A relaxation in energy efficiency requirements will make it harder for architects and engineers in Australia to design sustainable buildings, a group of 17 sustainable built environment professionals has warned.
The group, which completed modelling on proposed changes relating to the Australian Building Codes Board in early June which relax standards with regard to energy efficiency in construction, says the proposed changes would allow clients to set a reduced bar in terms of sustainability and create a situation whereby architecture and engineering firms would find clients specifying lesser requirements for the energy performance of their buildings.
Group spokesman Darren O’Dea said the modelling had shown that the new rules are ‘far more lenient’ compared with existing requirements.
“We’ve modelled it against the existing provisions and it means you will be able to pass much easier with much less effort,” O’Dea said.
“The outcome of the process will be poor performing buildings across Australia. We as an industry are concerned that we will be in a position where we will be more challenged to produce sustainable buildings because clients will set the bar lower and build something cheaper.”
Included in the revisions to the National Construction Code 2016, the proposed changes aim to make it easier for project proponents to innovate across all building types, and aim to promote a performance based approach to energy compliance and make this equally valid to the more prescriptive ‘deemed to satisfy’ approach.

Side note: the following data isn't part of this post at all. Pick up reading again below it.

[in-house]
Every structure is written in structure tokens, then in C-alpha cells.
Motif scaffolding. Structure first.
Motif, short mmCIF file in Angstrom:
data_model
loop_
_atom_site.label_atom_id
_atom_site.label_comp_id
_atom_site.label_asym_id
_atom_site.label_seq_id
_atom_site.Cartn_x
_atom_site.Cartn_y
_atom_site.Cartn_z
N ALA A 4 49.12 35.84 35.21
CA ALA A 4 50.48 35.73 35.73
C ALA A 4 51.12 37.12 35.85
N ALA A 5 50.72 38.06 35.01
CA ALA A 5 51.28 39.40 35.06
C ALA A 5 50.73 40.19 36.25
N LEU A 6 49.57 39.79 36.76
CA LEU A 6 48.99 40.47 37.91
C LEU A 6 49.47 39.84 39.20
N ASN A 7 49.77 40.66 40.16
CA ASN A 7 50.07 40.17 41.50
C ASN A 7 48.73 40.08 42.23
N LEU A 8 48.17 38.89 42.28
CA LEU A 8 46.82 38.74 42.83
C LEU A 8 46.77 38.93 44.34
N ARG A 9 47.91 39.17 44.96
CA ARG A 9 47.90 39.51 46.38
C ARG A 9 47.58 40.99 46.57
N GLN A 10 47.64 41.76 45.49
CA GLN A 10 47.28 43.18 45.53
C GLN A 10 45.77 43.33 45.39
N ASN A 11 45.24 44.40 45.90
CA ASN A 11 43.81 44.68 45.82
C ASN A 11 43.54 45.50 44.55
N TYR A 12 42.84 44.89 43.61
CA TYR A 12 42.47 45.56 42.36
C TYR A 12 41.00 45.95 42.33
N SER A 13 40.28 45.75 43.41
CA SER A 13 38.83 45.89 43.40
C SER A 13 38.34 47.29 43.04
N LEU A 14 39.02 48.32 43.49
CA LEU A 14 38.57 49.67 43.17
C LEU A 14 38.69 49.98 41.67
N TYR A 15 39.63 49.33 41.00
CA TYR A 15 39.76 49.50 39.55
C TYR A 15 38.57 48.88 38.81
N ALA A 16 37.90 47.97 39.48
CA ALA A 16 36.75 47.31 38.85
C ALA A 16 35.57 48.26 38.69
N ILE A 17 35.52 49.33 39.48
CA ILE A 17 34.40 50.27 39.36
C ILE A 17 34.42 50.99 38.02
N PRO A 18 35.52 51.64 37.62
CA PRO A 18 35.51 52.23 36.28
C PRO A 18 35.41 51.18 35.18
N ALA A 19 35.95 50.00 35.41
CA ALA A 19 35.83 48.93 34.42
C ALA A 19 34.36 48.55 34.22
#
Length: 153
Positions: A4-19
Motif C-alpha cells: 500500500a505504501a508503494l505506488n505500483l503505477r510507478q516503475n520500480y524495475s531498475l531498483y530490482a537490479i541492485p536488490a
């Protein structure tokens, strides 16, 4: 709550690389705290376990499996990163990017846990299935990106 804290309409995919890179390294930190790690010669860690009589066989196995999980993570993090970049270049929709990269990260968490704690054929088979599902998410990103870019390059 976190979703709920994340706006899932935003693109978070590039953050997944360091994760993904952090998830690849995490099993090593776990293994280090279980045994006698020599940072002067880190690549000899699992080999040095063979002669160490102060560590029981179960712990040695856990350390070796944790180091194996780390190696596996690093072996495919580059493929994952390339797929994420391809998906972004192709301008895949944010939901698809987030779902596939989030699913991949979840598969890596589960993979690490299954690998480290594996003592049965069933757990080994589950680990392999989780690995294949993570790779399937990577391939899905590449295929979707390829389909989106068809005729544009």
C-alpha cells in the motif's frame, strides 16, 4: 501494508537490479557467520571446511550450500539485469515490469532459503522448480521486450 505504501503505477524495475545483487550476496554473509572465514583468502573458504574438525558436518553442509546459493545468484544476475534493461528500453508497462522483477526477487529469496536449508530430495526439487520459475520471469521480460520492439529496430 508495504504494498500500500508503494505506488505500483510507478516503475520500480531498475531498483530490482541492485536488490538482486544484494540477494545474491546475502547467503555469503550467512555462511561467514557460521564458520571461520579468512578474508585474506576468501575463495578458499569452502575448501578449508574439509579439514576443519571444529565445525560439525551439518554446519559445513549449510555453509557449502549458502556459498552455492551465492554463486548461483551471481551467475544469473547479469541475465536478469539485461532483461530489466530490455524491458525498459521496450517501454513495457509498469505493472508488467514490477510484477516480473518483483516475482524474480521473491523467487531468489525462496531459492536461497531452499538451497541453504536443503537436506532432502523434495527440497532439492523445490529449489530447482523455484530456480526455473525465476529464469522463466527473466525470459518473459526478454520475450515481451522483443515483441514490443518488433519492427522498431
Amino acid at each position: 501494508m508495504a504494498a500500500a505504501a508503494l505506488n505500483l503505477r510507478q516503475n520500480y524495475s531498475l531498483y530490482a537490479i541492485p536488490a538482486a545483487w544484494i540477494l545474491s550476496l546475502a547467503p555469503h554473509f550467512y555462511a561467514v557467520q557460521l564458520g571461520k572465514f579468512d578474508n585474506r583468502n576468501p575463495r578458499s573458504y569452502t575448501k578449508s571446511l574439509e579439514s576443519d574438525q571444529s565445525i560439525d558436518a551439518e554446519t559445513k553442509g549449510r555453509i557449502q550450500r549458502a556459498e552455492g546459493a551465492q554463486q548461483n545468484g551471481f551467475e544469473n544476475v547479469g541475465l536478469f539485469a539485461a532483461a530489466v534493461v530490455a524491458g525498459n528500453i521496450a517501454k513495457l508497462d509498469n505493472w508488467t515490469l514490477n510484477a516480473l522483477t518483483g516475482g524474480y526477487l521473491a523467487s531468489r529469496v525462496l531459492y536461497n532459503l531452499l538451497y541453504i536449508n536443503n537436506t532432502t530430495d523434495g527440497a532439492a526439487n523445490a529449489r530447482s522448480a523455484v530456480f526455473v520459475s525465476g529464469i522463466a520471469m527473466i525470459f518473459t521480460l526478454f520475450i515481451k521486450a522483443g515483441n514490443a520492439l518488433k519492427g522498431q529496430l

Under one of the changes, for example, a Class 2 multi-residential building will be included under a similar type of energy and thermal assessment regime as a Class 5 commercial building.
This will mean that whereas currently, each individual apartment needs to achieve a five star NatHERS rating as well as the whole building achieving six stars, going forward, the whole building will still need to achieve six stars but none of the apartments will need individual assessment – a situation some experts suggest may result in situations whereby some apartments were way below standard in terms of thermal comfort and energy performance but the average could still be achieved because some others were outstanding.
Under another change, whilst in the 2015 Building Code of Australia, section J contains a stated objective of reducing greenhouse emissions and a list of functional statements for achieving that objective (including ensuring that a building is capable of efficiently using energy and that a building’s source of energy for heating is sustainable or efficient), neither the objective nor the functional statements are contained in the 2016 code.
O’Dea’s comments follow calls from building sustainability expert Alan Pears to defer implementation of changes to building energy regulations under the 2016 code until further consultation could take place.
According to a recent report in The Fifth Estate, Pears says the ACBC has failed to effectively engage with stakeholder and develop ‘appropriate energy performance measures that are in the interests of society’.